Add the Times of London:
Families have been warned that the prices of basic foods will rise steeply again because of acute shortages in commodity markets.
Experts told The Times yesterday that prices of rice, wheat and vegetable oil would rise further. They also forecast that high prices and shortages — which have caused riots in developing countries such as Bangladesh and Haiti — were here to stay, and that the days of cheap produce would not return. Food-price inflation has already pushed up a typical family’s weekly shopping bill by 15 per cent in a year.
A further 15 per cent increase in the price of a standard Kingsmill loaf would push it up from £1.09 to to £1.24. Butter has gone up by 62 per cent in the past year. A similar rise would bring the price of a 250g pack to £1.52.
The price of rice, which has almost tripled in a year, rose 2 per cent on the Chicago Board of Trade yesterday as the United Nations food agency gave warning that millions faced starvation because aid agencies were unable to meet the additional financial burden.
WASHINGTON (Reuters) – Already feeling the pinch from soaring wheat and flour prices, U.S. bakers are now beginning to experience some supply shortages.
Rye flour stocks have been depleted in the United States, and by June or July there will be no more U.S. rye flour to purchase, said Lee Sanders, senior vice president for government relations and public affairs at the American Bakers Association.
“Those that are purchasing it now are having to purchase it from Germany and the Netherlands, and that’s very concerning,” Sanders said.
She attributed the shortage to high demand for rye flour, which is used to make rye bread, and less acreage devoted to rye grain than in the past.
Grain prices have been soaring worldwide while stocks have been dwindling, causing riots in some poor countries.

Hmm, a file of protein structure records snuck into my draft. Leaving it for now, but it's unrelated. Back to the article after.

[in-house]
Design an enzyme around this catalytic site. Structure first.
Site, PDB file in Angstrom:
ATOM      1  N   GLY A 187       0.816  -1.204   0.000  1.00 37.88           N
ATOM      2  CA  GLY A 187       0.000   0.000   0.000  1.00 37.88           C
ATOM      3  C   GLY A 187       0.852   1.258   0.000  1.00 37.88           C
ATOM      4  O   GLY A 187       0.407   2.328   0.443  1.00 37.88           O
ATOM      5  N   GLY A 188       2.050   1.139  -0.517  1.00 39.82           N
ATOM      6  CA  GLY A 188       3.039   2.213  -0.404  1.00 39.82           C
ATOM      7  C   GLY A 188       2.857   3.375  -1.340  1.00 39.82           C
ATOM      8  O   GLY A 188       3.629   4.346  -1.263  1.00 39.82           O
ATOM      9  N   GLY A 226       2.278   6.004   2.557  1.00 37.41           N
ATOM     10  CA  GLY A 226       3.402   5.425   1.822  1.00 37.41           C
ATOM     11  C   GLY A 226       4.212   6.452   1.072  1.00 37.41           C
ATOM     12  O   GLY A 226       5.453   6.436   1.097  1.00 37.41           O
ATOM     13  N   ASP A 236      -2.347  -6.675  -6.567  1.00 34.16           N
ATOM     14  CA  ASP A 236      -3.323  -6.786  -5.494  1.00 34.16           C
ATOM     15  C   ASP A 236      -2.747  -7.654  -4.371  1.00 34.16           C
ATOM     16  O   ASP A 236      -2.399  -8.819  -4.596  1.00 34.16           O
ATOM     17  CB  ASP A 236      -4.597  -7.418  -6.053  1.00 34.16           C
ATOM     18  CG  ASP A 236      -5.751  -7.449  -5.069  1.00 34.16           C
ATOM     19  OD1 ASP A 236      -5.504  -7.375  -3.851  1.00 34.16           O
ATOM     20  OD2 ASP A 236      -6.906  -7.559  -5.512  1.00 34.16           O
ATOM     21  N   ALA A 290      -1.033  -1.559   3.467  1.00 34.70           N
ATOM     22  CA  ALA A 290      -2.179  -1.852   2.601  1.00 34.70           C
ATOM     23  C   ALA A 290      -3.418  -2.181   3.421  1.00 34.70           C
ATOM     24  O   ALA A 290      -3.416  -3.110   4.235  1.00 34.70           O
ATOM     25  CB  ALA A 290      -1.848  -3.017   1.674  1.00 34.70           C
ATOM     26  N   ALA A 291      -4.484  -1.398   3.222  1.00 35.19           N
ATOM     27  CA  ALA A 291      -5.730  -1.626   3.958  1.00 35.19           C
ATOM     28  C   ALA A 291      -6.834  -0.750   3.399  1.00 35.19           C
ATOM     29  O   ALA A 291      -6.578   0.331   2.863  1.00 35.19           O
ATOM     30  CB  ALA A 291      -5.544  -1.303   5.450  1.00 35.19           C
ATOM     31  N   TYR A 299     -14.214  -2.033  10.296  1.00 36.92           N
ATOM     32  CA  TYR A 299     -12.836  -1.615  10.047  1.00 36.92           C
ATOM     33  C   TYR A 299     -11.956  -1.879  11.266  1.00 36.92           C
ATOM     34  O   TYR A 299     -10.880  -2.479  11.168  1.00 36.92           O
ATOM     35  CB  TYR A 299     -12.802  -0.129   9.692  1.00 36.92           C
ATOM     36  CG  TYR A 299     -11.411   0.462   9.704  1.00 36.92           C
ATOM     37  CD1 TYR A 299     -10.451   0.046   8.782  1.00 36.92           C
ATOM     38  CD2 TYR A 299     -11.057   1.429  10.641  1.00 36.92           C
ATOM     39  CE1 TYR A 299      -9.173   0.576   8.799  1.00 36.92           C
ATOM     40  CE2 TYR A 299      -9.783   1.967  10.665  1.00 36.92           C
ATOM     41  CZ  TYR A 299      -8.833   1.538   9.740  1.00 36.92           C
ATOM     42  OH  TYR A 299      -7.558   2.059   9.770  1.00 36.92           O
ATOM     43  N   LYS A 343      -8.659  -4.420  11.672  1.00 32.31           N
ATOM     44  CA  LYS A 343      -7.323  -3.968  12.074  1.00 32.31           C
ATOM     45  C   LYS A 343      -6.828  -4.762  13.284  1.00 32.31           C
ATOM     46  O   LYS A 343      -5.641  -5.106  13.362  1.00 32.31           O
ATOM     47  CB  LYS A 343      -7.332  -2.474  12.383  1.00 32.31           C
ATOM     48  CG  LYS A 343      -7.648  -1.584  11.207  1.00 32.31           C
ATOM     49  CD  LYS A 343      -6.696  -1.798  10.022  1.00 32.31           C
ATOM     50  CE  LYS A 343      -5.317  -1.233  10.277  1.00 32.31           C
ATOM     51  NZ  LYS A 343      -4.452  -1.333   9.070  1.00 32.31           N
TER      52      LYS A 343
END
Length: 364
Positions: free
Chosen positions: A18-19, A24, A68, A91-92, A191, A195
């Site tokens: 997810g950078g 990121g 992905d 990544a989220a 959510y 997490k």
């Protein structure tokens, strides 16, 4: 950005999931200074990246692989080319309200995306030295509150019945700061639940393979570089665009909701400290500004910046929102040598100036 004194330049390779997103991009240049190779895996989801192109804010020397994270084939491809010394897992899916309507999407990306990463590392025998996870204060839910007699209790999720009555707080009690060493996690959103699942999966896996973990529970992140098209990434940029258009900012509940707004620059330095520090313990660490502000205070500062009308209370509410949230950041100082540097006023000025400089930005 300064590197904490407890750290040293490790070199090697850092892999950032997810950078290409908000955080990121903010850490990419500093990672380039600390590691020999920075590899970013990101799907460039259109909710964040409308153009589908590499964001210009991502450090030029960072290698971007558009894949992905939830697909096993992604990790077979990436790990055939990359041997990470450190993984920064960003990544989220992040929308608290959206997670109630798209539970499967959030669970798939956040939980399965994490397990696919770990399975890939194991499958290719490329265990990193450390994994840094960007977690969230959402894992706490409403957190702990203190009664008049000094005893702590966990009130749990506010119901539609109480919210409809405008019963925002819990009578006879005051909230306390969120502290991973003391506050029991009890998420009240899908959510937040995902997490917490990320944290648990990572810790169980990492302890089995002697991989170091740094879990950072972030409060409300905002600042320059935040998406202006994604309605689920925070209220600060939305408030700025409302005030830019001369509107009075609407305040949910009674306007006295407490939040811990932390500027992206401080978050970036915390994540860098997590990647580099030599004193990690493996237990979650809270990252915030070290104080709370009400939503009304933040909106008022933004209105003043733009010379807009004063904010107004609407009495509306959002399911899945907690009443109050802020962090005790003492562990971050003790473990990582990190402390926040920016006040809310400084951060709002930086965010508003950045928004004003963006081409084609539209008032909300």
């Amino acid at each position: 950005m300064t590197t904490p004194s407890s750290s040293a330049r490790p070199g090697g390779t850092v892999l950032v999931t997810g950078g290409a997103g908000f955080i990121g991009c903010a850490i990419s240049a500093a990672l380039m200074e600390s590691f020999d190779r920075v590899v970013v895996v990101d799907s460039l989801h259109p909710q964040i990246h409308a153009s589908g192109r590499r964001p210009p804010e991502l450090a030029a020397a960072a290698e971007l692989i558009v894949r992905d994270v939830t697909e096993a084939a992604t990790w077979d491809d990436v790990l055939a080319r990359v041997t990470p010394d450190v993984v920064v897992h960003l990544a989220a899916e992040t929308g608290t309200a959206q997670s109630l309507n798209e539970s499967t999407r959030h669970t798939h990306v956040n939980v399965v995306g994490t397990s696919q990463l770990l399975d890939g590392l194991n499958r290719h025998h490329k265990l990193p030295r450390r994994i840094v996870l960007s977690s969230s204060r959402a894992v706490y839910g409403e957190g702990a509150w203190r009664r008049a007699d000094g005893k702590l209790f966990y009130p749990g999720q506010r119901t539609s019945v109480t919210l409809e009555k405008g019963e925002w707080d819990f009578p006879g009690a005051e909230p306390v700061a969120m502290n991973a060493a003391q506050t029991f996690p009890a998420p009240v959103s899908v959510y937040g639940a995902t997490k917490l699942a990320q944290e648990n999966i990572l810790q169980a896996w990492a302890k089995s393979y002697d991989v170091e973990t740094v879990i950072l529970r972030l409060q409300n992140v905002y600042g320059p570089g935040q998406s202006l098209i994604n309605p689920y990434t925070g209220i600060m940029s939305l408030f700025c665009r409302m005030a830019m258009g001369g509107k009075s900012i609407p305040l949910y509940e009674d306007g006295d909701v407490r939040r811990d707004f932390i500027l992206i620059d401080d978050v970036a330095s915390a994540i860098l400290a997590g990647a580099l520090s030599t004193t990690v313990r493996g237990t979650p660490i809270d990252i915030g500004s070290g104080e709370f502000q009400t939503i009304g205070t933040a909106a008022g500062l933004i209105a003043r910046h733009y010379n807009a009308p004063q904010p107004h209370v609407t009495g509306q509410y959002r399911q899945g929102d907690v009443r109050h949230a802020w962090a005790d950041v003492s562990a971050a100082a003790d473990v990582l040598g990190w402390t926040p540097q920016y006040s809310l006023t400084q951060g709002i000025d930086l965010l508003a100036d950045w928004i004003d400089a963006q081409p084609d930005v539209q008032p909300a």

to the rising chorus of breathless, hysterical voices complaining about food prices.
It’s not as though this were a surprise. There have been predictions for decades that rising standards of living in China, among other factors, would cause food prices to rise. That hasn’t stopped the United States, the EU, China, and practically every other country from enacting stupid counter-productive policies that make the problem worse than it otherwise might have been.
Factors in rising food prices include:
- Increased demand.
- Rising oil prices (the cost of oil accounts for something like 25% of the cost of grain production).
- Bad government policies.
- Use of food crops for fuel production.
probably in about that order. Nearly every article I’ve seen or news report I’ve heard mentions the use of food for fuel production as a driver of higher food prices. While it’s undoubtedly one the factors, the notion that using corn for ethanol production is the most important factor driving up food prices (which is certainly the impression you’d get from reading the newspapers) is poppycock. If you believe otherwise, show me your numbers.
And the more idiotic, hysterical reports there are of food shortages the more important speculation becomes. Speculation takes a host of forms from countries banning exports of grain to idiots lining up at Costco to stockpile rice.
There’s almost no end to the bad government policies that influence food prices. Using food crops for fuel production is dumb but subsidizing that activity is insane, so, of course, we’ll keep right on doing it. Bans on exports are equally dumb. They’re just an inefficient attempt at influencing the market.
I simply have no words for the various policies that make it more worthwhile to sell prime farmland to be paved over to build highways, shopping malls, and housing tracts than it is to keep the land in production. The policies include Fed policy that pumped money into the housing market, the home mortgage deduction, subsidizing highway construction, fiat pricing, and food self-sufficiency policies on the part of many countries, including some of the poorest and most vulnerable to rising food prices.